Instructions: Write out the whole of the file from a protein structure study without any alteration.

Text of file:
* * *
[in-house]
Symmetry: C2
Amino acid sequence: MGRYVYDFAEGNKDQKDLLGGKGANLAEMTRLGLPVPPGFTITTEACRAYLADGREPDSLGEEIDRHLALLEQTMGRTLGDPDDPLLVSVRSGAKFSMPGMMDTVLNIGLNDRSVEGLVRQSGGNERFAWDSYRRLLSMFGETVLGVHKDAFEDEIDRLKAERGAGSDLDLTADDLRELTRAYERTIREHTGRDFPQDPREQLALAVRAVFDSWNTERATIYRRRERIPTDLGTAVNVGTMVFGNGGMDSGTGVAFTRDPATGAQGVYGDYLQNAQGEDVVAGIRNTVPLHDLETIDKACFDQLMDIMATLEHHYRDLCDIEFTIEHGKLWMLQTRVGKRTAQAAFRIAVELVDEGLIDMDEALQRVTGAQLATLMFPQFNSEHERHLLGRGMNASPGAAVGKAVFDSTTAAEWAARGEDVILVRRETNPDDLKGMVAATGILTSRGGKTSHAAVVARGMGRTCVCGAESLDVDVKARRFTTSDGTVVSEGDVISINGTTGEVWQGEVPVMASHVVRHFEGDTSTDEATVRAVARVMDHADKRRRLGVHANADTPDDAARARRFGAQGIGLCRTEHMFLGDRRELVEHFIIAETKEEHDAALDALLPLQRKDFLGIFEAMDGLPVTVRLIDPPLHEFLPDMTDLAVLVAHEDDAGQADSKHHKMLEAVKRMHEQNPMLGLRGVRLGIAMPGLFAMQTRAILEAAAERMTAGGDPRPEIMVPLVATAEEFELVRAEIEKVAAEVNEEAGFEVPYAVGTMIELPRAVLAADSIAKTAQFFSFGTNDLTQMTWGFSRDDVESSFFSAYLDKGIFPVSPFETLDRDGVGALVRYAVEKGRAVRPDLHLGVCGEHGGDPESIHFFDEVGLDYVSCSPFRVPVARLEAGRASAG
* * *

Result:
[in-house]
Symmetry: C2
Amino acid sequence: MGRYVYDFAEGNKDQKDLLGGKGANLAEMTRLGLPVPPGFTITTEACRAYLADGREPDSLGEEIDRHLALLEQTMGRTLGDPDDPLLVSVRSGAKFSMPGMMDTVLNIGLNDRSVEGLVRQSGGNERFAWDSYRRLLSMFGETVLGVHKDAFEDEIDRLKAERGAGSDLDLTADDLRELTRAYERTIREHTGRDFPQDPREQLALAVRAVFDSWNTERATIYRRRERIPTDLGTAVNVGTMVFGNGGMDSGTGVAFTRDPATGAQGVYGDYLQNAQGEDVVAGIRNTVPLHDLETIDKACFDQLMDIMATLEHHYRDLCDIEFTIEHGKLWMLQTRVGKRTAQAAFRIAVELVDEGLIDMDEALQRVTGAQLATLMFPQFNSEHERHLLGRGMNASPGAAVGKAVFDSTTAAEWAARGEDVILVRRETNPDDLKGMVAATGILTSRGGKTSHAAVVARGMGRTCVCGAESLDVDVKARRFTTSDGTVVSEGDVISINGTTGEVWQGEVPVMASHVVRHFEGDTSTDEATVRAVARVMDHADKRRRLGVHANADTPDDAARARRFGAQGIGLCRTEHMFLGDRRELVEHFIIAETKEEHDAALDALLPLQRKDFLGIFEAMDGLPVTVRLIDPPLHEFLPDMTDLAVLVAHEDDAGQADSKHHKMLEAVKRMHEQNPMLGLRGVRLGIAMPGLFAMQTRAILEAAAERMTAGGDPRPEIMVPLVATAEEFELVRAEIEKVAAEVNEEAGFEVPYAVGTMIELPRAVLAADSIAKTAQFFSFGTNDLTQMTWGFSRDDVESSFFSAYLDKGIFPVSPFETLDRDGVGALVRYAVEKGRAVRPDLHLGVCGEHGGDPESIHFFDEVGLDYVSCSPFRVPVARLEAGRASAG